One of the questions I always try to keep in my mind about “my stuff” (money, car, iPhone, 1982 UNC National Championship coke bottle) is this: which do I love more?  God?  Or my stuff?

And one of the ways we practice making sure that we have our priorities in order is by giving our “stuff” away.  The fancy church word for that is “stewardship.”  That’s why we pass the offering plate.  Not just to take up money to pay for running the church, but to create a spiritual discipline of giving back to God some of the stuff that – by the way – came from God to begin with!!

Rev. Peery, from 10/28/12

Scripture:  Mark 10:46-52; Job 38, 42: selected verses

Why did God ever take a bet, even if he knew the outcome?

Why didn’t Job stop loving God after everything that happened?  Why would God make a bet on the happiness of a man’s life?

Both of these are great, and difficult to answer, questions.

I’ll start answering them by talking about the library.

When you go to the library (whether in person or online), the first thing you do is to look at what section you are in.  If you want to study history, you don’t check out a cookbook.  If you want to read a novel, you don’t browse the encyclopedias.

Now imagine that the Bible is a library.

There are 66 books in the Bible.

Many of those books are in different sections.

The gospels (Matthew, Mark, Luke, and John) talk about Jesus’ life.  These are in the non-fiction section.

The Psalms capture a whole range of feelings about what it means to follow God that are summed up in just a few short verses.  Psalm is in the poetry section.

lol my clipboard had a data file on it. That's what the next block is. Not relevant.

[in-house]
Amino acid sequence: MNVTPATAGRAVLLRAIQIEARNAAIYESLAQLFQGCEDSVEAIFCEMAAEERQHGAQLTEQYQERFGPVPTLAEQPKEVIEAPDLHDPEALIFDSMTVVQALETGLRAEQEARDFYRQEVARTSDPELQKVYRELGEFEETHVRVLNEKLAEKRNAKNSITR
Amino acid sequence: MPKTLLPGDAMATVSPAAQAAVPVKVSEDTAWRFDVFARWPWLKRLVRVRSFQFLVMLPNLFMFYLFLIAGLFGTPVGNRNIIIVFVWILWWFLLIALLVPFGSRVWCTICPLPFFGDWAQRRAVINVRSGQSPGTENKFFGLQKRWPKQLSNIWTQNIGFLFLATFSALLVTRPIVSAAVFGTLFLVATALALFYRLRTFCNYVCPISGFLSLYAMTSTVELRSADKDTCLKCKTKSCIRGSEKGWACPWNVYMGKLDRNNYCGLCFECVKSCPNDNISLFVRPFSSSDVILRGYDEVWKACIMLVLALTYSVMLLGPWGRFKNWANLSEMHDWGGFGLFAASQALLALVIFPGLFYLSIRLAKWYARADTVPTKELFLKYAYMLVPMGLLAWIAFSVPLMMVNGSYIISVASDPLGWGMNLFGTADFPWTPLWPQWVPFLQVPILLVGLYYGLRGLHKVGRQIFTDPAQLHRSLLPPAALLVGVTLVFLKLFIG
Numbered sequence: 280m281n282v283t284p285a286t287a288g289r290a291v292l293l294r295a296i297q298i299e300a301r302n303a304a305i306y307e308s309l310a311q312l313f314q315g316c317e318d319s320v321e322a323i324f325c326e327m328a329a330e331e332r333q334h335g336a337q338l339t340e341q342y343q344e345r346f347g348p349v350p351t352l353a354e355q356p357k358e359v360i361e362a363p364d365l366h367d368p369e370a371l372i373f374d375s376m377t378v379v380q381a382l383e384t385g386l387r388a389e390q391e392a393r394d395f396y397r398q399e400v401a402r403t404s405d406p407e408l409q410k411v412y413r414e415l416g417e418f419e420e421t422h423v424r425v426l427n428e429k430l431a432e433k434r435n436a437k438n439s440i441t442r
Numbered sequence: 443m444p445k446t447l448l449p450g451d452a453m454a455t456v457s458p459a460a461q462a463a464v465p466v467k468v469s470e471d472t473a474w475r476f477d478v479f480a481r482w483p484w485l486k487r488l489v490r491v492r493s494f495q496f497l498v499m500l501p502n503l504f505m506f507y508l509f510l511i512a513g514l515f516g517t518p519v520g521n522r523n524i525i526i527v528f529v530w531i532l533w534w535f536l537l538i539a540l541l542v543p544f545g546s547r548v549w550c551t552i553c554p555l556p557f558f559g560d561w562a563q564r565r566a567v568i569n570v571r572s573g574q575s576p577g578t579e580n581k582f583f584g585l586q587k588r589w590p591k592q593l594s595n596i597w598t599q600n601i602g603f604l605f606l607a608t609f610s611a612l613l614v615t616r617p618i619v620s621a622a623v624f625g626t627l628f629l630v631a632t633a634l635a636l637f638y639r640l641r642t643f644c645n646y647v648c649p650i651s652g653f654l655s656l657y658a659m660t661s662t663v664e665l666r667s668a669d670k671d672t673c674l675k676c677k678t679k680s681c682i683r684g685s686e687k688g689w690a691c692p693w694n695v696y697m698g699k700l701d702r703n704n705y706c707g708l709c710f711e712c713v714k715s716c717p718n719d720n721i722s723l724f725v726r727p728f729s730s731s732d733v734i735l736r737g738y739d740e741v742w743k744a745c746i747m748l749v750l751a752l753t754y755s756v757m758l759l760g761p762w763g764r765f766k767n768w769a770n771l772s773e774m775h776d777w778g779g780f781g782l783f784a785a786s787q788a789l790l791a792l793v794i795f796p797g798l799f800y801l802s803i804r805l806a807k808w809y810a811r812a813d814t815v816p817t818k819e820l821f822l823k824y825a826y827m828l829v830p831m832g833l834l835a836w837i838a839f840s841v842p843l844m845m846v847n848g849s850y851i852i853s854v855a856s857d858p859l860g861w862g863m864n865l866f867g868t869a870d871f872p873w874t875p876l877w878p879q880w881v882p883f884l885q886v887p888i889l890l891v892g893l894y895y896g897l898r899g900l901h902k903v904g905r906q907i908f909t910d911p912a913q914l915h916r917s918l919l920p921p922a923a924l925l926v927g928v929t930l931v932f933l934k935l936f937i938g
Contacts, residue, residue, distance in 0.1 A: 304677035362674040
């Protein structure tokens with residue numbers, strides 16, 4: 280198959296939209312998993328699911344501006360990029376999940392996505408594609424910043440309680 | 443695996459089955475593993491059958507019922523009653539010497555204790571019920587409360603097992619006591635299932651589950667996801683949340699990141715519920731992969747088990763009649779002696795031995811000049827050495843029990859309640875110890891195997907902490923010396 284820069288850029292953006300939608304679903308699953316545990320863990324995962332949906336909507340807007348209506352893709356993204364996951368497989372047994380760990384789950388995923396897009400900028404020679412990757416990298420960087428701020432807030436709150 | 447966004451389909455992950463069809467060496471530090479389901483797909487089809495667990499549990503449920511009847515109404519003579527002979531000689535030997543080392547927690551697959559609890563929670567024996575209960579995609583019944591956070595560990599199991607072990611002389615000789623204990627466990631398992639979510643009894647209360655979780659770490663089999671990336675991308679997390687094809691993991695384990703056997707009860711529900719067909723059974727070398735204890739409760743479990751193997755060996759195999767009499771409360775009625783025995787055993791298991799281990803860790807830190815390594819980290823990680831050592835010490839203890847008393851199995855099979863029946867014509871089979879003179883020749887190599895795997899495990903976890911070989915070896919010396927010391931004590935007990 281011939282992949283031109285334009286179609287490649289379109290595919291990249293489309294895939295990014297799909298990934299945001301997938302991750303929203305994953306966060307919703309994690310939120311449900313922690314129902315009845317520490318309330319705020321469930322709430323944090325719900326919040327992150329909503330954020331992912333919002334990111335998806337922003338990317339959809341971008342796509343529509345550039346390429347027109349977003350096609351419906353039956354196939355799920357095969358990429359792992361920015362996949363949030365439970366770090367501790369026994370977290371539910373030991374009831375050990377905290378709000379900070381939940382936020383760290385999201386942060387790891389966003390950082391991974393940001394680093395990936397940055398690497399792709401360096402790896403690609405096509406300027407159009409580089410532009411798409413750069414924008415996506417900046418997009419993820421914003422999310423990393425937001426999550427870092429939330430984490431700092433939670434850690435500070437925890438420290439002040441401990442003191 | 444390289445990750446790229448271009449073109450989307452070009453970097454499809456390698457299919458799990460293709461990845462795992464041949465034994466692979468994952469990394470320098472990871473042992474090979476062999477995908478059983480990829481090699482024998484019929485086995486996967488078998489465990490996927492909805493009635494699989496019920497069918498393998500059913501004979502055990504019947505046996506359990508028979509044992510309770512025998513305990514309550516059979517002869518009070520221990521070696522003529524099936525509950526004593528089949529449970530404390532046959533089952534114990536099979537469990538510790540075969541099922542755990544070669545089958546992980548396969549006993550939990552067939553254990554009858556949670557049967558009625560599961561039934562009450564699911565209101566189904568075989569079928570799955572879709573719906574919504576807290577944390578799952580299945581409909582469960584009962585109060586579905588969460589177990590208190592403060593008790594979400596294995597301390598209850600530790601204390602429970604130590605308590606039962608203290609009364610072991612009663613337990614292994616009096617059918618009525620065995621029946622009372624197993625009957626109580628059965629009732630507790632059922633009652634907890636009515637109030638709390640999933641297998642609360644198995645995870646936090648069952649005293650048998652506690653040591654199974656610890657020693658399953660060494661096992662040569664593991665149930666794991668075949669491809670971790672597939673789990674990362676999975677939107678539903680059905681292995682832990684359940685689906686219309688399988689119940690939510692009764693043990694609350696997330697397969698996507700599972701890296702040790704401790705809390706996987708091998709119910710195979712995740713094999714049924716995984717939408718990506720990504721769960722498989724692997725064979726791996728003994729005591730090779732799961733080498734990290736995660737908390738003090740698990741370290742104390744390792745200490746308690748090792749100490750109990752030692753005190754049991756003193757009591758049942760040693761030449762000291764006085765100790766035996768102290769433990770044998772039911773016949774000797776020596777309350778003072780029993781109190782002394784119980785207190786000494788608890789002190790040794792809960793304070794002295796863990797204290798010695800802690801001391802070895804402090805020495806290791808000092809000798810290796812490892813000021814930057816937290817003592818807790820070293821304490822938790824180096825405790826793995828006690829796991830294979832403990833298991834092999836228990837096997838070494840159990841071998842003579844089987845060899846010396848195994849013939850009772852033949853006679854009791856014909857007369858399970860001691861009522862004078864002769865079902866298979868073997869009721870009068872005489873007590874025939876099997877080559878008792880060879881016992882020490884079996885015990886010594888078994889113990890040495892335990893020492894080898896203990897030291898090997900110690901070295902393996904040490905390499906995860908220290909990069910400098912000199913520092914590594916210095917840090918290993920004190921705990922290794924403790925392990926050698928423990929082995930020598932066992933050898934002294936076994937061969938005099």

The book of Revelation reads like a sci-fi adventure.  It is in the fantasy section.

The book of Job starts out with God making a bet with Satan and then ruining a man’s life for no reason other than to prove himself.  Do I think that is the way God does things?  I certainly hope not!!  But what if you don’t read the book of Job as if it were history?  What if God and Satan didn’t ACTUALLY sit down and ruin Job’s life?  What if Job is a story that is written to try to make an important point?

Does that make it less true than the other books in the Bible library that are non-fiction?  I don’t think so.  What the Bible reveals to us is God’s truth: about who God is, who Jesus is, and who we are.  The Bible is not a history book.  It is the Bible.  It’s bigger than history!  It is the revelation of God’s word!

The character of Job is a remarkable person.  He sticks with God even in spite of his sufferings.  He loves God through the difficult times.  He just keeps waiting for things to make sense.  And when they don’t – he finally flies off the handle and expresses his anger at God (read chapter 30 to see what I mean…).  It makes for a good story.  It sets up “the point” of the book: that the only one who is able to make sense of the world is the one who created the world.  That would be…not Job, or his friends, or us…but God and God alone.

Sounds kind of heavy, huh?  Like God is distant and cold and removed from all of us.

Maybe…but don’t forget that the way we know God is through Jesus…who came to the earth, lived among us, loved us, died for us, and was raised for us.

So while we may not ever know all there is to know about why things happen the way they do in our lives or our world, we do know what God thinks about us: because we see how much love has when we look at Jesus.

Can I get an AMEN???